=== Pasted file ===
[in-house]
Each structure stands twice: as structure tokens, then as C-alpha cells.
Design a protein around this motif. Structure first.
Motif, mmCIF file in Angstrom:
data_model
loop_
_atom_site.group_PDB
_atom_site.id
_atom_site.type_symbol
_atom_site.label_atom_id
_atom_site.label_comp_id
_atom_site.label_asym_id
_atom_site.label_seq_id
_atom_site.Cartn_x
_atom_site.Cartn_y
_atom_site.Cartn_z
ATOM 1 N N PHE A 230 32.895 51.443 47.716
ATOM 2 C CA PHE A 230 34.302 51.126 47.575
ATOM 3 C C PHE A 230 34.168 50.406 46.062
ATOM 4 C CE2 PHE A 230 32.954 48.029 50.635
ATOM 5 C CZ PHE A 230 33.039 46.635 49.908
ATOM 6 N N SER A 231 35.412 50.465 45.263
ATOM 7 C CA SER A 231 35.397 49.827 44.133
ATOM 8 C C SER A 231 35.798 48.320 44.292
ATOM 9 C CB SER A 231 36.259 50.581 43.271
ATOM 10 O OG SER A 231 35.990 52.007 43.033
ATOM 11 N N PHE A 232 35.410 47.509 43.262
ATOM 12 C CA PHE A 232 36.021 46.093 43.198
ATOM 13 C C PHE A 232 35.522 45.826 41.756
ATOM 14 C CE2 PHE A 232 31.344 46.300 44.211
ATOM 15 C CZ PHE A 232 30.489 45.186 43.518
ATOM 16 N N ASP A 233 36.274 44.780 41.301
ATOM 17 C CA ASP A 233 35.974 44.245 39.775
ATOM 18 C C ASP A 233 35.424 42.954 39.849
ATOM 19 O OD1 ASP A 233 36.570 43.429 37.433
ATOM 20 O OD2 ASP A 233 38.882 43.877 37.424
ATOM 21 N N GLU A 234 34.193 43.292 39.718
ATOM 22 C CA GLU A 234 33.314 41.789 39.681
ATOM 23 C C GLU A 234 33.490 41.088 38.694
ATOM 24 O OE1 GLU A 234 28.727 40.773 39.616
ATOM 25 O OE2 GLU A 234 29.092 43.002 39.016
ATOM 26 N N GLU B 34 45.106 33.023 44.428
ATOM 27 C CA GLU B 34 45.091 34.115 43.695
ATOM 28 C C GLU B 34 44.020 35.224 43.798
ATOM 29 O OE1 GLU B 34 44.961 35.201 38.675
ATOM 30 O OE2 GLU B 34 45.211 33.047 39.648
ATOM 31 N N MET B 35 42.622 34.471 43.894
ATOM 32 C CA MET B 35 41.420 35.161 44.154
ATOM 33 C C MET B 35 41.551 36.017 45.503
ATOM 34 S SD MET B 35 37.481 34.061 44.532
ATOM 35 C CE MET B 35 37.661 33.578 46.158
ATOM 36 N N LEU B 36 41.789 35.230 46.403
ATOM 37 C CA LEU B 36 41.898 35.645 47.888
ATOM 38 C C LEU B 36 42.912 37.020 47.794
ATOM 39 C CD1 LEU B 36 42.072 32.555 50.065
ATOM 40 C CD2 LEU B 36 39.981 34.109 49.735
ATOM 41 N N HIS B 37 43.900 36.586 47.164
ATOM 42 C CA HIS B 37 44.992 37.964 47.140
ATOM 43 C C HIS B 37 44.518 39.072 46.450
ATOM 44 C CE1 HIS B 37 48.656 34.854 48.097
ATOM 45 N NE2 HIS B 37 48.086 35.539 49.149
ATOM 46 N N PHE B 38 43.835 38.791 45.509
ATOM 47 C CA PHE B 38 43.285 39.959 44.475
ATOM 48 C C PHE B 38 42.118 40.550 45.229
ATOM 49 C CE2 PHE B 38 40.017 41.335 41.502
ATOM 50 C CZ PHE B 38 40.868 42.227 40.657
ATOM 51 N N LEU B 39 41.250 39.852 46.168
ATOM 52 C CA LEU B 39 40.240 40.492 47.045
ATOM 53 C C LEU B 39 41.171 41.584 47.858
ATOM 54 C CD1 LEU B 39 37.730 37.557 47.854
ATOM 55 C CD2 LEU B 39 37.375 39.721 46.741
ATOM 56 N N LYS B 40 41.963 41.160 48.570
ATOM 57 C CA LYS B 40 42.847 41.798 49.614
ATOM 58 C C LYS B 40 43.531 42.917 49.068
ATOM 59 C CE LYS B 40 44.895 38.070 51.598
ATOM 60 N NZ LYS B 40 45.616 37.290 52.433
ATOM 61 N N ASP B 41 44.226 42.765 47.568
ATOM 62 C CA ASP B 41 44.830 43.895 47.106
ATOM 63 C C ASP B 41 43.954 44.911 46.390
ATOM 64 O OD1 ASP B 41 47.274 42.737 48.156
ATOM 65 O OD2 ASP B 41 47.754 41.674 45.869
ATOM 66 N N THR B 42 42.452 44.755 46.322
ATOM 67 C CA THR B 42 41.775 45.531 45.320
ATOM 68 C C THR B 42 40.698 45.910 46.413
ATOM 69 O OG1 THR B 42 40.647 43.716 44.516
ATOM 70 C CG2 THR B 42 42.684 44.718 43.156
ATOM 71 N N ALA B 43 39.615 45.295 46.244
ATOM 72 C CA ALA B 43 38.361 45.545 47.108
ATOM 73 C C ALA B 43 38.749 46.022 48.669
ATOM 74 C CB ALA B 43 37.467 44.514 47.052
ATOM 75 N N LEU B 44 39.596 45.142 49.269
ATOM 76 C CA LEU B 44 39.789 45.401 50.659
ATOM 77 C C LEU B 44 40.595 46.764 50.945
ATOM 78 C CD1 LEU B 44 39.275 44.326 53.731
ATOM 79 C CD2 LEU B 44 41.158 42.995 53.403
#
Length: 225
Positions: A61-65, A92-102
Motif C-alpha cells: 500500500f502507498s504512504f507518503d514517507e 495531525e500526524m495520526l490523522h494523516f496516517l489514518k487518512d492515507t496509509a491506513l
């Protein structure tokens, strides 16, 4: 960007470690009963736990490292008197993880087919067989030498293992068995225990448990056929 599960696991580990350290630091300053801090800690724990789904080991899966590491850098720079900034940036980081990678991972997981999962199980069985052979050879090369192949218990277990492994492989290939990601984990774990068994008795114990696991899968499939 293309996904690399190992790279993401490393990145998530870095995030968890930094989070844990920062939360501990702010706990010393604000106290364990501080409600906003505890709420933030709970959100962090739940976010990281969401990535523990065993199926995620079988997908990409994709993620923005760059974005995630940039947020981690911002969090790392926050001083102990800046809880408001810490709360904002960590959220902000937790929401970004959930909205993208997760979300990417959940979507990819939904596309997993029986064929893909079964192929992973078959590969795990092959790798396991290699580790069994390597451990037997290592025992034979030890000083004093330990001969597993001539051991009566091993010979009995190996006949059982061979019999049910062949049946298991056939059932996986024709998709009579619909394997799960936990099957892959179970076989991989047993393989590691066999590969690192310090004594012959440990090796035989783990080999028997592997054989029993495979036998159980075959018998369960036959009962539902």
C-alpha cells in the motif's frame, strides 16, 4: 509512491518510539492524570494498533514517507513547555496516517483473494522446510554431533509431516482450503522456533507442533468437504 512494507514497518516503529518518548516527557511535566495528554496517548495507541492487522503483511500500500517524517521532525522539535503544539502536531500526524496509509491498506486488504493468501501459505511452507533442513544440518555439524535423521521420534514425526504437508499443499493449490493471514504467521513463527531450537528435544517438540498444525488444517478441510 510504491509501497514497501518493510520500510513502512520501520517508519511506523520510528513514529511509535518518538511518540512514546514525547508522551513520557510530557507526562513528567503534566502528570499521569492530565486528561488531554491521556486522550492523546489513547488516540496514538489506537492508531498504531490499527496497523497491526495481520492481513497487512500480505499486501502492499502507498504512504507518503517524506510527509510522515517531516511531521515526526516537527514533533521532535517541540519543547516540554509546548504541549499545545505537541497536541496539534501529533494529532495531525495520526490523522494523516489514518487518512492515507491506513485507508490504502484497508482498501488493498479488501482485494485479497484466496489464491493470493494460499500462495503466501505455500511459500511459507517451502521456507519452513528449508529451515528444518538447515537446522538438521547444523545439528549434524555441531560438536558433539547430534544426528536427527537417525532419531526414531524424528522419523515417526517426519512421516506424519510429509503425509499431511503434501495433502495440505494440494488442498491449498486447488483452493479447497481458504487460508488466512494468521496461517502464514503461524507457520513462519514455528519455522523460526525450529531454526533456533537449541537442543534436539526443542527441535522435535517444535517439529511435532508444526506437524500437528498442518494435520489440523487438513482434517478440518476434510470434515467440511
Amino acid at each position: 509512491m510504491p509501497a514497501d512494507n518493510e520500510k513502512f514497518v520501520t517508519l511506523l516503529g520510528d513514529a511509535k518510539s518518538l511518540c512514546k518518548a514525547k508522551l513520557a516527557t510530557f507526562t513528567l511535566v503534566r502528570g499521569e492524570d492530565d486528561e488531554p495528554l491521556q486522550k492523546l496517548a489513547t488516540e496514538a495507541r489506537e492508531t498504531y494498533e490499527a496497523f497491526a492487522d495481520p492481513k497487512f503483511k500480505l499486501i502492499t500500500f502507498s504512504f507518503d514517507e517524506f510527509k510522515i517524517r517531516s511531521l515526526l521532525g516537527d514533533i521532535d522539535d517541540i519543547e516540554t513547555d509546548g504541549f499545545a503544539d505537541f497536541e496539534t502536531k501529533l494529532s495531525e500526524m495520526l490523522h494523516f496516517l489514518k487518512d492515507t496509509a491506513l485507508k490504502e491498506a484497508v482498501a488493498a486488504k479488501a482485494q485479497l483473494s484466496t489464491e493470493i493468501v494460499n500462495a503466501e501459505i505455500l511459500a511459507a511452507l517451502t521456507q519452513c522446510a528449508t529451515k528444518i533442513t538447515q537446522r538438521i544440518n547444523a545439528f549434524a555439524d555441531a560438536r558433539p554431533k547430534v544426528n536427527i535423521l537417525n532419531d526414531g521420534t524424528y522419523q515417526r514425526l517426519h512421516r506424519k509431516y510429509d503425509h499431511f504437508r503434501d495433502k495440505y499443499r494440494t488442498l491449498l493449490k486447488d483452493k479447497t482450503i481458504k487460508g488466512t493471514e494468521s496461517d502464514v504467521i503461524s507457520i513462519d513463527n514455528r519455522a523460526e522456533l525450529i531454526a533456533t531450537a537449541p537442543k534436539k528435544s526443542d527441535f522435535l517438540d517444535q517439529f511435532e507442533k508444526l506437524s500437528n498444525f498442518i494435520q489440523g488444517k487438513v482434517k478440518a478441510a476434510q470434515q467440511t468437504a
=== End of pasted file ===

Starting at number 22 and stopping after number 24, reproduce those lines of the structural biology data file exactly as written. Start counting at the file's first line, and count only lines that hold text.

ATOM 6 N N SER A 231 35.412 50.465 45.263
ATOM 7 C CA SER A 231 35.397 49.827 44.133
ATOM 8 C C SER A 231 35.798 48.320 44.292